Script Flipped as Tech Gets De-FAANG-ed, Laggards Lead
06/13/2017 2:53 am EST
Start shifting out of growth and into value, as well as out of high-octane tech and into energy, financials, and industrials. You can do this using so-called “style” ETFs, asserts Mike Larson of Weiss Ratings.
Now, that’s a reversal!
Just a few days after I wrote about how tech stocks were surging ...while many other sectors were badly lagging...the market script got flipped. Tech leaders like Facebook (FB), Apple (AAPL), Amazon.com (AMZN), Netflix (NFLX), and Alphabet (GOOGL)...collectively known as the “FAANG” stocks ...got de-FAANG-ed, while financials, industrials, and even lowly energy names soared.
On Friday, June 9 alone, the Nasdaq Composite fell by 1.8% while the Dow Jones Industrial Average closed at a record high. One of the strongest of this year’s momentum darlings, chipmaker Nvidia (NVDA), soared above $168 out of the gate that day...then plunged to as low as $142-and-change.
These are very rare events. But so too was the action preceding it in 2017. Consider that the FAANG-led Nasdaq-100 was up more than 21% year-to-date through late last week, while sectors like financials and small caps were essentially unchanged and energy was down 15%.
So what happened? And what does this crazy action mean for investors and traders going forward?
It’s tough to pinpoint a specific catalyst for the leaders-to-laggards shift. It’s not like one of the FAANG names warned of lousy earnings, or a bunch of analysts came out and downgraded the group. Nor did OPEC announce some new production cuts (which would help energy) or the Federal Reserve hike interest rates (which would help financials).
Instead, it looks like the divergence simply got way too extreme and investors and traders decided to start switching horses. Or as I wrote in my last commentary:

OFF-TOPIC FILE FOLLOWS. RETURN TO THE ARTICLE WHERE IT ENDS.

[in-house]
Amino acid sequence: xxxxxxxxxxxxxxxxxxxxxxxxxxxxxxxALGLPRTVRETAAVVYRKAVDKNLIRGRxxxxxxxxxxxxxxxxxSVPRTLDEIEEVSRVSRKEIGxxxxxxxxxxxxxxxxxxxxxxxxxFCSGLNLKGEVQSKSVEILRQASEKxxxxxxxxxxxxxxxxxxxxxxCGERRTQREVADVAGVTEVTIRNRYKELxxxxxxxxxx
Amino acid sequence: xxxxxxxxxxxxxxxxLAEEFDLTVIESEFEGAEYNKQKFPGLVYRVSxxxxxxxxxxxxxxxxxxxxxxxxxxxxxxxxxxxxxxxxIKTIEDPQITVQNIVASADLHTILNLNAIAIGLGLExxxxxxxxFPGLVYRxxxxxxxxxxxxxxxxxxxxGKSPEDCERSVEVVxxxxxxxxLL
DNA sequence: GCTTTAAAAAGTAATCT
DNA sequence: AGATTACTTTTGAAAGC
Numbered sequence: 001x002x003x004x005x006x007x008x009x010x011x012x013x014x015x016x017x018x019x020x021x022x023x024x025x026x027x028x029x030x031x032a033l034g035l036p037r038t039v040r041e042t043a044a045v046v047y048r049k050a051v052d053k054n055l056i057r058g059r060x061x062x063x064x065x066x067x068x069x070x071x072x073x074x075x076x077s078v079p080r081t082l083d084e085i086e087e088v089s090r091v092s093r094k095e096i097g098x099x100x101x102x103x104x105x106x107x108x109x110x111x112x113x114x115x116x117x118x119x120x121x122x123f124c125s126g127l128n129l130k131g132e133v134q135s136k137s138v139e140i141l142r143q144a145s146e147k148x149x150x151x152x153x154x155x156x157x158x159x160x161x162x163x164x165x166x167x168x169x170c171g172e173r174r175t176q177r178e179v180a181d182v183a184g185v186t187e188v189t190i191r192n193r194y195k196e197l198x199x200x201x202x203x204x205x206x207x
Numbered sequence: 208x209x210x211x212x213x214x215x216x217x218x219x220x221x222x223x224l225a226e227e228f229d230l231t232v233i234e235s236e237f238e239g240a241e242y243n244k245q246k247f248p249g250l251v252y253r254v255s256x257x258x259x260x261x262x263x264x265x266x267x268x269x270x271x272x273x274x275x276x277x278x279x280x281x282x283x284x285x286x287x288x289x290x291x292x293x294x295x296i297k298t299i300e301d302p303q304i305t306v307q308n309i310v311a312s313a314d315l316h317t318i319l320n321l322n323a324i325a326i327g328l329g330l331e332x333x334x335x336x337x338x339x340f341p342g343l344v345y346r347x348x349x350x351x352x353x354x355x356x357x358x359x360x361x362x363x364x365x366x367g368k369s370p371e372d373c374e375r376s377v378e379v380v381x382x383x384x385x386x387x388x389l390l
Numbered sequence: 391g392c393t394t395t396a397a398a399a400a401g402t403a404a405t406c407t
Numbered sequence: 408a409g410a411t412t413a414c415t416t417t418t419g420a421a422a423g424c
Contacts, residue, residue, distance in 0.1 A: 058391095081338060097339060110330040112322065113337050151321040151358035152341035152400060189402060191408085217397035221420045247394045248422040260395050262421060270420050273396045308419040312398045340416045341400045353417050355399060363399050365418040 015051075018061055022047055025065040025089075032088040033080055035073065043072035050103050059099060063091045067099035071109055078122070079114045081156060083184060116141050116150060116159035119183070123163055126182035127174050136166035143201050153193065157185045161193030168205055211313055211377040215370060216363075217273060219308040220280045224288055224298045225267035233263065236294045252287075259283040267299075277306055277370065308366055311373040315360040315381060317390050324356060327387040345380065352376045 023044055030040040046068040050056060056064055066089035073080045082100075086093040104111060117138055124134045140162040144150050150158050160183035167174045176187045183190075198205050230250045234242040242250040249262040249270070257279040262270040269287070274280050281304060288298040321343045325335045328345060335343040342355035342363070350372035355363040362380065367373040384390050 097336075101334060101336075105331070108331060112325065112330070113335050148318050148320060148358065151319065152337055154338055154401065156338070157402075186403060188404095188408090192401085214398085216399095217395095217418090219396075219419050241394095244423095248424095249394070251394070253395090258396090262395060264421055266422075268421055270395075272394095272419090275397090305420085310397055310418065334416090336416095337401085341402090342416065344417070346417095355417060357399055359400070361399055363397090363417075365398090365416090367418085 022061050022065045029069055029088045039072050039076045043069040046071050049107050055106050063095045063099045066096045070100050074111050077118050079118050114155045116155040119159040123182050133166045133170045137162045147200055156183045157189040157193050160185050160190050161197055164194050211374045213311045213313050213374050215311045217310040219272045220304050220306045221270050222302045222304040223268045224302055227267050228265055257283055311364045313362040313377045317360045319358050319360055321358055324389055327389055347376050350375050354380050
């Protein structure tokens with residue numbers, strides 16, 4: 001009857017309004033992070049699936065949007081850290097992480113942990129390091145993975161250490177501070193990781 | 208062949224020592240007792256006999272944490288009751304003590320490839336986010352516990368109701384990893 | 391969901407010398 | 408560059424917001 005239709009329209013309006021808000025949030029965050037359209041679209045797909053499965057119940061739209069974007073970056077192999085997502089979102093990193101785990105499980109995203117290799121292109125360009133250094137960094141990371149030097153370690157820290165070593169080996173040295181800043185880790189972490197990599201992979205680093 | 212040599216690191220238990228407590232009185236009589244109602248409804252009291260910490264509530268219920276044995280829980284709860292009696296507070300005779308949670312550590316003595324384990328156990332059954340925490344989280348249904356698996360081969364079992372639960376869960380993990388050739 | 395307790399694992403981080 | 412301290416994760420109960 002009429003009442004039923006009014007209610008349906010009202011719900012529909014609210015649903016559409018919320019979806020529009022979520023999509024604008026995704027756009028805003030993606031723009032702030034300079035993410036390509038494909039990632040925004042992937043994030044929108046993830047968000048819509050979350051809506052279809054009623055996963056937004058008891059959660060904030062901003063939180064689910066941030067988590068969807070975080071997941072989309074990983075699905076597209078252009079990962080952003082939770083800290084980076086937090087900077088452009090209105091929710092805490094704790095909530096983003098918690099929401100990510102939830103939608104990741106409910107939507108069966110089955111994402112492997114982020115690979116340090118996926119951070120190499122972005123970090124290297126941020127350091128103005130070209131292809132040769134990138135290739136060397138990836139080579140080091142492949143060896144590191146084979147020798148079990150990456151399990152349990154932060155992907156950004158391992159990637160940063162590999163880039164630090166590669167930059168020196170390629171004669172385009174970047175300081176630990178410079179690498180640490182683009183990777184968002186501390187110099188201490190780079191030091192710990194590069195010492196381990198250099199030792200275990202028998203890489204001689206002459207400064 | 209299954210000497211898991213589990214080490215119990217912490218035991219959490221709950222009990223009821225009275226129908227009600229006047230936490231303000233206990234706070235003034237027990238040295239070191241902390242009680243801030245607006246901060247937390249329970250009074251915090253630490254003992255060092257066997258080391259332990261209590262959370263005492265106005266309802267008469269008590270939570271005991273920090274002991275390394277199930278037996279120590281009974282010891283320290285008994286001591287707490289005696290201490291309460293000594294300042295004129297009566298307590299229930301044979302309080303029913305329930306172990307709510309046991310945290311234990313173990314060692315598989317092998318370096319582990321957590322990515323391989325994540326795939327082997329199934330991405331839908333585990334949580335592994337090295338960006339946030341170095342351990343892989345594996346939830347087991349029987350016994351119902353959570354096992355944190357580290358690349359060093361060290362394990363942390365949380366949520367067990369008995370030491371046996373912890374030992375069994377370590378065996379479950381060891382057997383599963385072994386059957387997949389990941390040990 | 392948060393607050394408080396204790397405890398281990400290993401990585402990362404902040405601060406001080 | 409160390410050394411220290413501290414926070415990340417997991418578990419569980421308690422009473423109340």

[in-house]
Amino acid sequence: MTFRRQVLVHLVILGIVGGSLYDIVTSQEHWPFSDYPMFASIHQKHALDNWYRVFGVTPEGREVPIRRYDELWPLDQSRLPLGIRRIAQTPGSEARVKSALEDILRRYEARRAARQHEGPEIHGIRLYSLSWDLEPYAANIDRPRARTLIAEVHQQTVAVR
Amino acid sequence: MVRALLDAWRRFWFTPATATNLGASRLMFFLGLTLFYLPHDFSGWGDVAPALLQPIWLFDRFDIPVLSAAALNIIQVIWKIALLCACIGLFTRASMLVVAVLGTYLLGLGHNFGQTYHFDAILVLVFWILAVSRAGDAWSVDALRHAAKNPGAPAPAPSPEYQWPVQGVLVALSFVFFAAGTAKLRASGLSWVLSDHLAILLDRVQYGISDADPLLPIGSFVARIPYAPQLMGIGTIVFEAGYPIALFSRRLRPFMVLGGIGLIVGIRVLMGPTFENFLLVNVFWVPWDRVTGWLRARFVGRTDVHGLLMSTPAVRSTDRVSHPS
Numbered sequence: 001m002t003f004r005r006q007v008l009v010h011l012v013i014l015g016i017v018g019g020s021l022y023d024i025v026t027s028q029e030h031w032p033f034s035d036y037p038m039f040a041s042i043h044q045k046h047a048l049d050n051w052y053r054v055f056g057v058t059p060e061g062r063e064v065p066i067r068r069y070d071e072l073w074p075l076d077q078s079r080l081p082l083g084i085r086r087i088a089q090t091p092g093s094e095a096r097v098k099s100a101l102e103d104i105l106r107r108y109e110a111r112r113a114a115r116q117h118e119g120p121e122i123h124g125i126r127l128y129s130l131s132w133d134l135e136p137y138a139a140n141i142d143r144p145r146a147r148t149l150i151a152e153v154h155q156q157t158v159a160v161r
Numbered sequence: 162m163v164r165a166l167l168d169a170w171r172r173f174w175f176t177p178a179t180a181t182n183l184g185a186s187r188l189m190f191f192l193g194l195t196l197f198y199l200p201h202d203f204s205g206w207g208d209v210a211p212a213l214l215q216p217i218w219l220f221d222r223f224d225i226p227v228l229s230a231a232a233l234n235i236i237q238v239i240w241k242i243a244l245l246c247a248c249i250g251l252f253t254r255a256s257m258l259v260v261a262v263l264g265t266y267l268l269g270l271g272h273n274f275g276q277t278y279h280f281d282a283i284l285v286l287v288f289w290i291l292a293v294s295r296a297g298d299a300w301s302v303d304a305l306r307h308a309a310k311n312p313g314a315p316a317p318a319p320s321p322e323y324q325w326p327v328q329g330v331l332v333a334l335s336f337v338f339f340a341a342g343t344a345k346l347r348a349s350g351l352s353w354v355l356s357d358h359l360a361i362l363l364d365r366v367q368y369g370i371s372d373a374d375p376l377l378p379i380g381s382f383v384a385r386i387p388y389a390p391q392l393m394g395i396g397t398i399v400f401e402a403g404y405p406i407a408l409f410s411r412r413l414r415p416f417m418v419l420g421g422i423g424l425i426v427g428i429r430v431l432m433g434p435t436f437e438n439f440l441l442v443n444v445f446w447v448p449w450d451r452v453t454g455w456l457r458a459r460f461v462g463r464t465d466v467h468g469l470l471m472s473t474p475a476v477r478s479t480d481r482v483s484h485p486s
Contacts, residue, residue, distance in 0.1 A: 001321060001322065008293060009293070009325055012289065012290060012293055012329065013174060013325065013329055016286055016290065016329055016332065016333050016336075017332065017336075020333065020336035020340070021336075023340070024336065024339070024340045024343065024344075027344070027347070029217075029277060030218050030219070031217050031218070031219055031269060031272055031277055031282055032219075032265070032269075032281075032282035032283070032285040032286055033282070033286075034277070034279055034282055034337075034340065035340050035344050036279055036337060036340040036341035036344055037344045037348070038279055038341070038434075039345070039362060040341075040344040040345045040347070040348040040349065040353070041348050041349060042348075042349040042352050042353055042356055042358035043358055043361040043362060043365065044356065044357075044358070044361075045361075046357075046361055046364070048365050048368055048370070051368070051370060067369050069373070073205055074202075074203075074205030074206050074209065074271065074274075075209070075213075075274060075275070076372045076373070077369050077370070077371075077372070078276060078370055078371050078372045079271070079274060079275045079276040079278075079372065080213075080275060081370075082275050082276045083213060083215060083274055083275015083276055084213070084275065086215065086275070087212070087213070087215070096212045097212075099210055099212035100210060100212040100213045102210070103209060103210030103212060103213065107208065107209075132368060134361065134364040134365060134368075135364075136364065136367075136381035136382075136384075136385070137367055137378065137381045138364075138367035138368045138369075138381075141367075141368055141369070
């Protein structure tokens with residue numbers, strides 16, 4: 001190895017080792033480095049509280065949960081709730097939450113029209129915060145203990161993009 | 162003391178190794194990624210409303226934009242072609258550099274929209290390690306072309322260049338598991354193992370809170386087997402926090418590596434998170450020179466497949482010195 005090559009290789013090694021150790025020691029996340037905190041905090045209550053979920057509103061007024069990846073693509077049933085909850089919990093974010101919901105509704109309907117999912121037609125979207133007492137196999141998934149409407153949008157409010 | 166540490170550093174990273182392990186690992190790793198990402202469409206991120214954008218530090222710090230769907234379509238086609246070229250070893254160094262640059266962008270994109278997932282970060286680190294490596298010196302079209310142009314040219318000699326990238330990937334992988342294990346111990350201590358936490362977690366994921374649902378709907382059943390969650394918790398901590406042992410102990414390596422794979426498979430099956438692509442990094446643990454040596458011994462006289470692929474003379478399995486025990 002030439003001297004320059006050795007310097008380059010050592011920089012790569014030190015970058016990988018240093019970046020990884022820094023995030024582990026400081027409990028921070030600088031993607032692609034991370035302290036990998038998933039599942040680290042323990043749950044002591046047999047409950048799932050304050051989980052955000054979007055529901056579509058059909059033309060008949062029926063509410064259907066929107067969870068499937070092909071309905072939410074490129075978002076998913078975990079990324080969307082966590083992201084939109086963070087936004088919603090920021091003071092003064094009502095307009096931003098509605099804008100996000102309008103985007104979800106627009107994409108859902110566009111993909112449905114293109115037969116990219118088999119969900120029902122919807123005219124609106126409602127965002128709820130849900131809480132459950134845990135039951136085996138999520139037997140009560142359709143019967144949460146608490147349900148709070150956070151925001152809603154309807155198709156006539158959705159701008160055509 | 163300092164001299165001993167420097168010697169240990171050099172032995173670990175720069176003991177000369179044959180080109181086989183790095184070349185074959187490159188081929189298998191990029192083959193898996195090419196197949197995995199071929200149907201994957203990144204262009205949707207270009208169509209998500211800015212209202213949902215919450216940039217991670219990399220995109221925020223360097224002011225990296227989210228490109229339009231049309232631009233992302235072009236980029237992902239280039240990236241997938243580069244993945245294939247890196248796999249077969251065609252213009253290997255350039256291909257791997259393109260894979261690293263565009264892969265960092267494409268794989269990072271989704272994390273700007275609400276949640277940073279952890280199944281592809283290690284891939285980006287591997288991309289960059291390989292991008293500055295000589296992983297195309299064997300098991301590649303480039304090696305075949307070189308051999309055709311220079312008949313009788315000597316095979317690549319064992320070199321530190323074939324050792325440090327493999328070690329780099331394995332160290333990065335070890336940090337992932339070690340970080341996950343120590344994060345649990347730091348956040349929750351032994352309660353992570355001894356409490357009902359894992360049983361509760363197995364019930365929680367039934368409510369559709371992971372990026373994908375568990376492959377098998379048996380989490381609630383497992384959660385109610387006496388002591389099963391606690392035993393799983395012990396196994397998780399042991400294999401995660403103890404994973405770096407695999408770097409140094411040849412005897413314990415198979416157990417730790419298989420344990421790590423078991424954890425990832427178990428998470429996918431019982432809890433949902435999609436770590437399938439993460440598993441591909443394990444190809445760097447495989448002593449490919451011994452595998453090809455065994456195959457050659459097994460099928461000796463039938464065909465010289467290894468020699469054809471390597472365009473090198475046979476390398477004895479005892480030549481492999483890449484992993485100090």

“I can’t say for sure when the trend will end. Nor can I say what might change the energy sector’s fortunes...What I do know is that this ratio is getting aawwwfffulllyyyy stretched. It also seems like everyone and his sister is already on board the tech stock train. So you may want to start leaning against the crowd.”
As for the future, I’ve seen dramatic shifts like this before. My experience is that they usually herald a longer-term trend change. Just look at what happened in 2016.
During the first half of last year, gold miners, utilities, consumer staples, and other “slow economy/low volatility/safe dividend” plays were all the rage. They outperformed nicely through early July.
But then it was like someone flipped a switch. Those stocks began to lag, while other higher growth/higher inflation sectors like financials, basic materials, industrials, and technology took the lead. That shift really accelerated after Donald Trump was elected in November.
If you wanted to keep your portfolio humming along in 2016, you had to go along with the emerging flow of funds. I recommend you do the same thing now in 2017. Start shifting some money out of growth and into value, as well as out of high-octane tech and into energy, financials, and industrials.
You can do this using so-called “style” ETFs, such as by selling the SPDR S&P 500 Growth ETF (SPYG) and buying the SPDR 500 Value ETF (SPYV). Or you can use “sector” ETFs, such as by selling the Vanguard Information Technology ETF (VGT) and buying the Vanguard Energy ETF (VDE) and Vanguard Financials ETF (VFH).
Or better still, get even more granular. Use the tools available at our Weiss Ratings website to zero in on the strongest, highest-rated stocks in each sector and buy them (rather than a more-generic ETF). Then sell any low-rated stocks you own in sectors that may be falling out of favor.